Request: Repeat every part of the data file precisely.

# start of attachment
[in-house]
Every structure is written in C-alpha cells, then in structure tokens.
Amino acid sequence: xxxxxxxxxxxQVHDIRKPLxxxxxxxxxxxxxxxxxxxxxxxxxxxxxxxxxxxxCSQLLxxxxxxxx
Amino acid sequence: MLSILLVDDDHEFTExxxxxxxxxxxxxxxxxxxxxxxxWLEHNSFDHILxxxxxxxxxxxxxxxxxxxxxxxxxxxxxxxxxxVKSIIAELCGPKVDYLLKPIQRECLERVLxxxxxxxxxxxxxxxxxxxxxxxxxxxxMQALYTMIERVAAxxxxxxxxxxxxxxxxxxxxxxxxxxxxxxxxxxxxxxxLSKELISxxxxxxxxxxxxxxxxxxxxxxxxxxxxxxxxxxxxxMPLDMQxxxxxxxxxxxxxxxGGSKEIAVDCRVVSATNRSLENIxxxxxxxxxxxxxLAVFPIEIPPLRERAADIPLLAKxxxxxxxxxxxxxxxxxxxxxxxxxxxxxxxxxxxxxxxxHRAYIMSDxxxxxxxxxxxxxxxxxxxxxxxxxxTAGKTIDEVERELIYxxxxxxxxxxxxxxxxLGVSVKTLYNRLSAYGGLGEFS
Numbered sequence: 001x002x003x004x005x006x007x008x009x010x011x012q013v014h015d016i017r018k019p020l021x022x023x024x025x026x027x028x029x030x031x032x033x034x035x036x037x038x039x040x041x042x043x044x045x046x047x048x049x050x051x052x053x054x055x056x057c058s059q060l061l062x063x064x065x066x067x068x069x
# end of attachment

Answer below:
[in-house]
Every structure is written in C-alpha cells, then in structure tokens.
Amino acid sequence: xxxxxxxxxxxQVHDIRKPLxxxxxxxxxxxxxxxxxxxxxxxxxxxxxxxxxxxxCSQLLxxxxxxxx
Amino acid sequence: MLSILLVDDDHEFTExxxxxxxxxxxxxxxxxxxxxxxxWLEHNSFDHILxxxxxxxxxxxxxxxxxxxxxxxxxxxxxxxxxxVKSIIAELCGPKVDYLLKPIQRECLERVLxxxxxxxxxxxxxxxxxxxxxxxxxxxxMQALYTMIERVAAxxxxxxxxxxxxxxxxxxxxxxxxxxxxxxxxxxxxxxxLSKELISxxxxxxxxxxxxxxxxxxxxxxxxxxxxxxxxxxxxxMPLDMQxxxxxxxxxxxxxxxGGSKEIAVDCRVVSATNRSLENIxxxxxxxxxxxxxLAVFPIEIPPLRERAADIPLLAKxxxxxxxxxxxxxxxxxxxxxxxxxxxxxxxxxxxxxxxxHRAYIMSDxxxxxxxxxxxxxxxxxxxxxxxxxxTAGKTIDEVERELIYxxxxxxxxxxxxxxxxLGVSVKTLYNRLSAYGGLGEFS
Numbered sequence: 001x002x003x004x005x006x007x008x009x010x011x012q013v014h015d016i017r018k019p020l021x022x023x024x025x026x027x028x029x030x031x032x033x034x035x036x037x038x039x040x041x042x043x044x045x046x047x048x049x050x051x052x053x054x055x056x057c058s059q060l061l062x063x064x065x066x067x068x069x